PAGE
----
Cartilage is a slippery substance which acts as a buffer or “cushion” between the bones in a joint. It allows the bones to move over or around each other without pain. Arthritis occurs when the cartilage within a joint becomes damaged. Eventually an arthritic joint becomes inflamed and painful. There are over 100 different types of arthritis recognised in humans. In pets, the most common form is osteoarthritis, sometimes called degenerative joint disease. Other types include rheumatoid arthritis and septic arthritis which is caused by joint infection.
Arthritis commonly affects older and middle-aged pets. However, the condition is not limited to these age groups and younger animals can also suffer from the disease. When arthritis eventually causes changes in the joint which result in pain, this often becomes apparent by changes in the animal’s behavior – the primary symptoms of the disease. Because arthritis commonly develops with age, pet owners sometimes confuse changes in their animal’s behavior as normal age-related changes (such as a decrease in play), whereas in fact, the animal might be suffering quite severe arthritic pain.
Osteoarthritis is the most common form of arthritis. It is essentially caused by daily wear-and-tear of the joint, but can also occur as a result of injury. Osteoarthritis begins as a disruption of the cartilage; ultimately, this causes the bones in the joint to erode into each other. The condition may start with minor pain during your pet’s activity, but can develop into continuous chronic pain which might even occur when the animal is resting. Osteoarthritis typically affects the weight-bearing joints, but can affect both large and small joints of the body. Unlike rheumatoid arthritis, osteoarthritis is most commonly a disease of elderly pets.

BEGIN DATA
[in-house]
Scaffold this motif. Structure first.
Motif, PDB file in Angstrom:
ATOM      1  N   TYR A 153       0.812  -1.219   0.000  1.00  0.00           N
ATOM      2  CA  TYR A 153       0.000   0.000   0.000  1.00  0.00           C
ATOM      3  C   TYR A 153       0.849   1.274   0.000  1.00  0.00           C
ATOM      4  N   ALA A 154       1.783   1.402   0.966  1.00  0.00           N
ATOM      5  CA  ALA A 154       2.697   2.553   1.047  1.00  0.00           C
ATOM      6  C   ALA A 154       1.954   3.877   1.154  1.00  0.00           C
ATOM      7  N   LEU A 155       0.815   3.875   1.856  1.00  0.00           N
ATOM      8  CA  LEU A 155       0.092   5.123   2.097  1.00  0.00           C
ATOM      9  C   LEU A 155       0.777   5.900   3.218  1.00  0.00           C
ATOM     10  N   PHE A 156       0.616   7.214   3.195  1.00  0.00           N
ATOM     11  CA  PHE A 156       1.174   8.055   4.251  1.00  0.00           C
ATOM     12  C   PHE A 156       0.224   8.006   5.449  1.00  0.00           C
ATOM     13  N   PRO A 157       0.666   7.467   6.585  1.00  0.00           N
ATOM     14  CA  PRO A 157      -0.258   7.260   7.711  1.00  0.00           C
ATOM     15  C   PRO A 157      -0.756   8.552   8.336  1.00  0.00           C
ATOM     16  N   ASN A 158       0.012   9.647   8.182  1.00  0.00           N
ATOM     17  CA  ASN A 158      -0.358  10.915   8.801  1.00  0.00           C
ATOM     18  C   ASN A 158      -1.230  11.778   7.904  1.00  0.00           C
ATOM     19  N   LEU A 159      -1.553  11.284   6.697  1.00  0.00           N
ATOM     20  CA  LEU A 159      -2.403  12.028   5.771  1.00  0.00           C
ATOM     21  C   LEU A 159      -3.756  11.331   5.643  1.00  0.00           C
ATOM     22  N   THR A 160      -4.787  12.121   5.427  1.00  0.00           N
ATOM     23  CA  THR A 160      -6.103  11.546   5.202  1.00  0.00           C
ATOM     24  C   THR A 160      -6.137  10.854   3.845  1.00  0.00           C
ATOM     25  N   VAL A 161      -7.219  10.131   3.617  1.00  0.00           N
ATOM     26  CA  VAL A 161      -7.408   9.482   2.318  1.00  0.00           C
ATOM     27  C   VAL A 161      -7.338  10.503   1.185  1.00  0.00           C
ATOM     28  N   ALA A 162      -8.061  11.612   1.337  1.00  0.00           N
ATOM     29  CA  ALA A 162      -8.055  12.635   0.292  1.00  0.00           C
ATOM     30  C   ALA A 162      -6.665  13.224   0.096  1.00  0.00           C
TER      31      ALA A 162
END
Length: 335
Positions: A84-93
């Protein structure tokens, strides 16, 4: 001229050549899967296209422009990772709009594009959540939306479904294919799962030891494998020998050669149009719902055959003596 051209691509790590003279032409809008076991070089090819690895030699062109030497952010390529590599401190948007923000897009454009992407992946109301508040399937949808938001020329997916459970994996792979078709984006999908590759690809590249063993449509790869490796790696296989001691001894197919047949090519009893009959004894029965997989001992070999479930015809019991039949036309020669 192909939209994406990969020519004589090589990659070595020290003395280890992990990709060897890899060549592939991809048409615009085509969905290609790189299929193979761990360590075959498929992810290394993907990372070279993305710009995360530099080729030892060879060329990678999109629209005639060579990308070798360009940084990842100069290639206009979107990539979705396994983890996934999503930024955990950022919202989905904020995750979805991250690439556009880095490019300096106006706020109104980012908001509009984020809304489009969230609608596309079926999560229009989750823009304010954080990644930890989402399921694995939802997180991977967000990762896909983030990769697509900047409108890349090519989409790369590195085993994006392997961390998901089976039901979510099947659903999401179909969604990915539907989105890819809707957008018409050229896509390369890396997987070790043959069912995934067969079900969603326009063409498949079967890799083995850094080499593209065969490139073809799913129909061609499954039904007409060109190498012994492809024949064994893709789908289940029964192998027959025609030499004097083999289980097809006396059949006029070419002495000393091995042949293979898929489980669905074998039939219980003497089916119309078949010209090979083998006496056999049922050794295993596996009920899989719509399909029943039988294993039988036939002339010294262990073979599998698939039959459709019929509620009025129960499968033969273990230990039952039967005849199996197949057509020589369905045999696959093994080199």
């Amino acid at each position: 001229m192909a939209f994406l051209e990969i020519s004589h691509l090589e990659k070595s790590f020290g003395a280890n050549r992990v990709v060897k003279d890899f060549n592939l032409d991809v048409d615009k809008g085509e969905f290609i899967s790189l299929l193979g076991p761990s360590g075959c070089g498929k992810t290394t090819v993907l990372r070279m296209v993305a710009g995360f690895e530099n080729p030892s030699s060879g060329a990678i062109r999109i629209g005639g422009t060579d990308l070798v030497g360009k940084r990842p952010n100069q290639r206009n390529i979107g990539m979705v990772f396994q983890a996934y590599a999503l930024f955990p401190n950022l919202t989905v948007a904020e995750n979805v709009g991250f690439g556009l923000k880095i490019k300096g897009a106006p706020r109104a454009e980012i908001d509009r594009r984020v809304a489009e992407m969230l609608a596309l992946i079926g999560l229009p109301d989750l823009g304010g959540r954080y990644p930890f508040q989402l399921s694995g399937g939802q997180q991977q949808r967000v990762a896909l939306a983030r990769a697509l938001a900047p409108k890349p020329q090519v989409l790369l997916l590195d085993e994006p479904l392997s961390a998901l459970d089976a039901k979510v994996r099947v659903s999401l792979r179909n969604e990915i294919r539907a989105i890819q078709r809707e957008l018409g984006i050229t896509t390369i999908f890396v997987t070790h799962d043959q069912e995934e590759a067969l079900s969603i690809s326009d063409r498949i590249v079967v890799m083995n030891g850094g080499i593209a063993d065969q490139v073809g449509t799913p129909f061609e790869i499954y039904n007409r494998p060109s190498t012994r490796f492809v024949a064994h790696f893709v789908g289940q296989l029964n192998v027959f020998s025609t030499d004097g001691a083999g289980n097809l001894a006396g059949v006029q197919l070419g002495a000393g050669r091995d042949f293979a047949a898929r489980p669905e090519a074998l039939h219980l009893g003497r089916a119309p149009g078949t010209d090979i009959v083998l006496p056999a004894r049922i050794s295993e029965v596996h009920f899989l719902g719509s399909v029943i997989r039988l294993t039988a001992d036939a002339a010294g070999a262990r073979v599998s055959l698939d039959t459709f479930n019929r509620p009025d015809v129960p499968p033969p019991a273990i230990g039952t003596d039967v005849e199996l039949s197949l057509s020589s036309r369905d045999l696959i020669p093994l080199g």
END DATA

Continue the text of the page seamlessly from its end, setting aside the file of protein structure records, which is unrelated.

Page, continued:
Osteoarthritis, like rheumatoid arthritis, cannot be cured, but the condition can be prevented from worsening. Physiotherapy to strengthen muscles and joints can be helpful. Pain medications may be required. For some pets, weight-loss can reduce the stress on the joints thereby reducing the development of osteoarthritis.
Rheumatoid arthritis occurs when the body’s own immune system starts to attack body tissues. The attack is quite general and affects not only the joint but also many other parts of the body. This condition causes damage to the joint lining and cartilage. Eventually, this results in erosion of the opposing bones of the joint. Drugs used to treat rheumatoid arthritis include corticosteroids.
Symptoms of arthritis may not be particularly obvious in the early stages of the disease, but become apparent as pain in the joint increases. Symptoms may be particularly difficult to notice in cats as they tend to hide signs of injury or weakness.
An animal with arthritis may favor one or more of their limbs, or have a distinct limp. The severity and type of limp will depend on the joint/s that are affected. Limping is often more pronounced immediately after the animal wakes up from sleeping, and then becomes less pronounced as the animal begins moving about.
Because of the pain caused by arthritis, affected animals may become reluctant to move in ways with which they previously had no difficulty. For instance, arthritic cats might stop jumping up to high areas for sleeping, or may stop using litter trays with high sides. Dogs may not be able to sit so easily, jump in and out of cars, or get up and down stairs.
Arthritis can also affect various parts of the spine. This often results in an abnormal posture with a hunched back, a sore neck, or lameness in one or both hind legs.